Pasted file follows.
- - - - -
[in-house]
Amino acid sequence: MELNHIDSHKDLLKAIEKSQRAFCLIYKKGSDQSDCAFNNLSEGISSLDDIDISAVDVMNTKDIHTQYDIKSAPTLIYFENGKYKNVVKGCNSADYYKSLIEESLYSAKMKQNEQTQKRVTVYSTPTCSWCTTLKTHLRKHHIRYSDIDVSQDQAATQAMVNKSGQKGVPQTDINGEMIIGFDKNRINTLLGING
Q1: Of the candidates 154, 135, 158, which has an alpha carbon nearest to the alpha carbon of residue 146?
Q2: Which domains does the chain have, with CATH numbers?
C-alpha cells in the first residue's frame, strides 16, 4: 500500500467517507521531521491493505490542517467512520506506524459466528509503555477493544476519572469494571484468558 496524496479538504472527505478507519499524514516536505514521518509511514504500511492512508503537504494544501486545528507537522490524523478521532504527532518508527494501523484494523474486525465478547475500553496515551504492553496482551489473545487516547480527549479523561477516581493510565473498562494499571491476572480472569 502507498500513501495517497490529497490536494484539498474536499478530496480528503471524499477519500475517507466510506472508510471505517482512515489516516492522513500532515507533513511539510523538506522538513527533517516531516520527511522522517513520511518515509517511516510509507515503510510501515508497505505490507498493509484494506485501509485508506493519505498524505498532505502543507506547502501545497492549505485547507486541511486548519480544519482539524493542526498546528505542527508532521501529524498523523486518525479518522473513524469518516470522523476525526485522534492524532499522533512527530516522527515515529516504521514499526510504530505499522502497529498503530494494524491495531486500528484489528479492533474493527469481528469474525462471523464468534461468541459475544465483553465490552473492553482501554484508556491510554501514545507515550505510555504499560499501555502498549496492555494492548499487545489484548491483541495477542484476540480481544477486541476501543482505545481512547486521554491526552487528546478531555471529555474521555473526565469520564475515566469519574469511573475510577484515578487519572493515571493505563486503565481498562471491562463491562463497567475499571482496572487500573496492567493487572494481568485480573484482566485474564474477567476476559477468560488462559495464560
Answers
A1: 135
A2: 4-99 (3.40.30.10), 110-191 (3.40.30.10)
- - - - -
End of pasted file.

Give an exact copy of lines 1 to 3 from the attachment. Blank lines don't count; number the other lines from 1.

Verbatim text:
[in-house]
Amino acid sequence: MELNHIDSHKDLLKAIEKSQRAFCLIYKKGSDQSDCAFNNLSEGISSLDDIDISAVDVMNTKDIHTQYDIKSAPTLIYFENGKYKNVVKGCNSADYYKSLIEESLYSAKMKQNEQTQKRVTVYSTPTCSWCTTLKTHLRKHHIRYSDIDVSQDQAATQAMVNKSGQKGVPQTDINGEMIIGFDKNRINTLLGING
Q1: Of the candidates 154, 135, 158, which has an alpha carbon nearest to the alpha carbon of residue 146?